These four significant vulnerabilities show that mobile app developers need to take into account more than just the gaps in the systems – they also need to understand the shortcomings of devices and their users, both of which provide additional vulnerabilities that exceed those found on a banking app.
Malicious actors exploit those vulnerabilities in different ways, but some attacks are more common than others. Mobile engineers working on banking apps often develop their security systems paying particular attention to the following:
- Man-in-the-middle (MiTM) attacks: when the banking app communicates with the bank, there’s vital information coming and going. Hackers attempt to intercept it to use it later to access the user’s account.
- Infrastructure breaches: mostly aimed at servers, these are attacks that seek to harvest credentials (such as usernames, passwords, and other personal information).
- Pirate apps: hackers reverse engineer a legitimate app to later distribute their infected version, thus gaining access to the information of people that unknowingly install the pirated version.
- Mobile malware: just as it happens with desktop systems, there is plenty of mobile malware that targets mobile devices. Banking apps are some of their primary targets.
- Clickjacking: a technique that tries to trick users into clicking on a button or element to perform a seemingly innocuous action but that triggers a malicious response (such as downloading malware or gathering confidential information)
Naturally, the attacks don’t just target the mobile applications themselves but also the system issues and the insecure behavior of mobile users. This means that the mobile development team’s security efforts have to be closely aligned to broader security efforts that bring further protection to the rest of the system.
How Mobile Development Teams Ensure Banking App Security
All of the above should inform a mobile development team in the early stages of their SDLC. Armed with that information, the team can better identify the risks associated with mobile banking apps and create a more robust application. Developers can do this in several ways, especially following standard security practices for application development. However, there are other specific practices they can follow, including:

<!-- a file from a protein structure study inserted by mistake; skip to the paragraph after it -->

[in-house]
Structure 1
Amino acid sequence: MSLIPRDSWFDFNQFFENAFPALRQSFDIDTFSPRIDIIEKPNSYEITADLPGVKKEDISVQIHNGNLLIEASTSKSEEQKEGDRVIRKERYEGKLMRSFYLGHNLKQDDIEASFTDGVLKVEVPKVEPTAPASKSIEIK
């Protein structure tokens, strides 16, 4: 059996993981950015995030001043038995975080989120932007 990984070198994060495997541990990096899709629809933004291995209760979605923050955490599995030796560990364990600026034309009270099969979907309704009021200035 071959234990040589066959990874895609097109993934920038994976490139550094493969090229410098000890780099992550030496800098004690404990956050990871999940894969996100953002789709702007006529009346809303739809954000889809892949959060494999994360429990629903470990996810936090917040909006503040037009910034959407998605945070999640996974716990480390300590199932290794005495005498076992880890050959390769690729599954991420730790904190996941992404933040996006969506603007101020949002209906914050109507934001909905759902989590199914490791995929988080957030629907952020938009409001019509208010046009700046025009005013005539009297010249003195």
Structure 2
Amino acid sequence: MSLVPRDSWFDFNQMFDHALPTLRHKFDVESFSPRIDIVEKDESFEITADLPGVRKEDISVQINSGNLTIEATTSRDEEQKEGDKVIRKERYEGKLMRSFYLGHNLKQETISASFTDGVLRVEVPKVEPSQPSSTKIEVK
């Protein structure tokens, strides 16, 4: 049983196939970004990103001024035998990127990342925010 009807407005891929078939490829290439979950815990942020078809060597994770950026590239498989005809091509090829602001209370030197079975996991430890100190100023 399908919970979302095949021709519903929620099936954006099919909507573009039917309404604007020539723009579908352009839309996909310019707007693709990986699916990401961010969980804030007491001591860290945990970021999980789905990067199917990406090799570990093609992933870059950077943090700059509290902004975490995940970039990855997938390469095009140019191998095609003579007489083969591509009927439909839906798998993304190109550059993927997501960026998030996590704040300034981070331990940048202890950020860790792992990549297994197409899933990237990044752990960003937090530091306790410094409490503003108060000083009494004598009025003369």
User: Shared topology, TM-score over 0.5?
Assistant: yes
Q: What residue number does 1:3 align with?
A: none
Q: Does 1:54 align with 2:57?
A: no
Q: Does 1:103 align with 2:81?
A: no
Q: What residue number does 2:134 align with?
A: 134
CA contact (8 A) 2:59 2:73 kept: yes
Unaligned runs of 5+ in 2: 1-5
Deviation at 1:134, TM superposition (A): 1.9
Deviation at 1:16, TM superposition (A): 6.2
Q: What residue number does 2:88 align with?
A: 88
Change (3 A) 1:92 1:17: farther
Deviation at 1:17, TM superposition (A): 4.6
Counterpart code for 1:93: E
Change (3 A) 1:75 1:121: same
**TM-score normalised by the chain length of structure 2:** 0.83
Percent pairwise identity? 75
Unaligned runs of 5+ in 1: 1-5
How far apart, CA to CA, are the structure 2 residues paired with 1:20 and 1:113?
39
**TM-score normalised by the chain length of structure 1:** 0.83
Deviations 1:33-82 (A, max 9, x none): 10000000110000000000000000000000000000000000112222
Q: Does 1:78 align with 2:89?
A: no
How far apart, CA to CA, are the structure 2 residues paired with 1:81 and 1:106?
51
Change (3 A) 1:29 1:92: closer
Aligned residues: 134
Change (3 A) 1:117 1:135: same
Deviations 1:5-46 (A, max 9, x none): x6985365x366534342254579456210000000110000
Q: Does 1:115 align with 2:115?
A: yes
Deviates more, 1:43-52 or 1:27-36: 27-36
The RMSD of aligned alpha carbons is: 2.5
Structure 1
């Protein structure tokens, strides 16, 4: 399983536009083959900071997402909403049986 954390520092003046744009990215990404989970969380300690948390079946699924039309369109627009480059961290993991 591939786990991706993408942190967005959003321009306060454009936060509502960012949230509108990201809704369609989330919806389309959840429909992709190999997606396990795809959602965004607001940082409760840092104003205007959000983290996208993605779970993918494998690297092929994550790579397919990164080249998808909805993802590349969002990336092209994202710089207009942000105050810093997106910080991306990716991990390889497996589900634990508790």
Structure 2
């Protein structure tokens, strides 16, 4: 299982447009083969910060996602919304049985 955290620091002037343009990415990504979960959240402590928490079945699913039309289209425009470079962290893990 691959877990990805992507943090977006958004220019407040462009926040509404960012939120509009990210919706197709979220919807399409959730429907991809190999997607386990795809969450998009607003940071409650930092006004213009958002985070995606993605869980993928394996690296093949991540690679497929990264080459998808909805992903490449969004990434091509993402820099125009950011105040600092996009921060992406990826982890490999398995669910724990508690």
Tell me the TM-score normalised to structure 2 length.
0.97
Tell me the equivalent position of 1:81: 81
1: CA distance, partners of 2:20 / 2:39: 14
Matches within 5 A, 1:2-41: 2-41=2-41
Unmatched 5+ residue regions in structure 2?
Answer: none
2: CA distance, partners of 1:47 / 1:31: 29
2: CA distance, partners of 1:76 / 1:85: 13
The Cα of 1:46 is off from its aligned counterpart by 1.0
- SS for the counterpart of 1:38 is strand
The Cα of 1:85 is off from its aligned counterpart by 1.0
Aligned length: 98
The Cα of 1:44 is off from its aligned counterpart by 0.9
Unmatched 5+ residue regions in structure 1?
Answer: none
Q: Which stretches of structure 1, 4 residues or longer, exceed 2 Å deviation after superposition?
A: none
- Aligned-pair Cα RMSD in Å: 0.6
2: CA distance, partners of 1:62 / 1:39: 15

- The security policies of the development team should be dependent on user compliance.
- There are plenty of practices that can help reduce the risks associated with developing a mobile banking app, including risk mitigation, integrity checking, repackaging detection, regulatory compliance obligations, data encryption, and identification of vulnerabilities in the source code.
- A mobile banking app should always include multi-factor authentication, be it through SMS or (preferably) biometric data.
- Also, it should have reliable password protection that doesn’t allow the user to save the passwords.
- Auto log-off after a fixed amount of time of inactivity is a must. The time may vary, but it should never be more than 1 minute.
- The app should use the latest on digital signatures and secure transfer protocols.
- Developers should always include SSL certificate checks and end-to-end encryption.
- Testing and QA should be extensive and present throughout the entire SDLC.
Aside from all that, the development team should pay special attention to data management and handling regulations. There might be numerous regulations applying to a particular app, depending on the region, country, or even state in which it will be used. A good development team will keep compliance at the top of the priority list. Being aligned with those regulations doesn’t just avoid fines – it also follows proven security principles that can reduce the risks associated with mobile development for banks.
All of this comes to show that developing a mobile banking app isn’t an easy task. In fact, it’s something that not all mobile development teams can do. It takes a well-versed and knowledgeable team of engineers with enough experience and expertise in the industry to tackle this multifaceted problem.
Thus, any company looking to create its banking app should carefully analyze the market and pick a seasoned mobile development company that keeps security, privacy, and compliance as its primary focus. Those that consider all the aspects described above are the best alternatives, as all that is essential to approach mobile banking development. Considering all that information is the only way to develop a safe app that protects consumers and banks alike.